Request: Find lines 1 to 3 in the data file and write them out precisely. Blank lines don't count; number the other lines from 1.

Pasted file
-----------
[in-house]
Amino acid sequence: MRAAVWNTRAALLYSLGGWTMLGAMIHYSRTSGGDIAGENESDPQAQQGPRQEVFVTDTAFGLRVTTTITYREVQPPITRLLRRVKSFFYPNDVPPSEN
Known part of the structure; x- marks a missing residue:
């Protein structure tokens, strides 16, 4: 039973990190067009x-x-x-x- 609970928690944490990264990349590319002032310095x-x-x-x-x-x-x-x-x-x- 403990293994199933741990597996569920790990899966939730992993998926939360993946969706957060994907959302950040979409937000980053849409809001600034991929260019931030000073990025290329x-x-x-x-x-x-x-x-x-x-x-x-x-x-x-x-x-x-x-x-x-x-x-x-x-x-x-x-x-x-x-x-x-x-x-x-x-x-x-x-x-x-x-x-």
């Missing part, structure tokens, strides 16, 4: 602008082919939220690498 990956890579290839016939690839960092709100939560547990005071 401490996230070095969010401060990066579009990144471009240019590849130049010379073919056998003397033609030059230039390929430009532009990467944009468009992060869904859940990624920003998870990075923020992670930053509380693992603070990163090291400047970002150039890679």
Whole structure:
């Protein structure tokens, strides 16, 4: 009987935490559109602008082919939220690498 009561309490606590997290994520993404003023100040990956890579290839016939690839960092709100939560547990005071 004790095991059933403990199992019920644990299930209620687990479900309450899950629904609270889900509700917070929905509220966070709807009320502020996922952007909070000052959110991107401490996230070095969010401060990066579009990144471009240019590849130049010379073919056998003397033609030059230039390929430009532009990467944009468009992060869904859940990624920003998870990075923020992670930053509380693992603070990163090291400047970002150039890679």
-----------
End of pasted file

[in-house]
Amino acid sequence: MRAAVWNTRAALLYSLGGWTMLGAMIHYSRTSGGDIAGENESDPQAQQGPRQEVFVTDTAFGLRVTTTITYREVQPPITRLLRRVKSFFYPNDVPPSEN
Known part of the structure; x- marks a missing residue: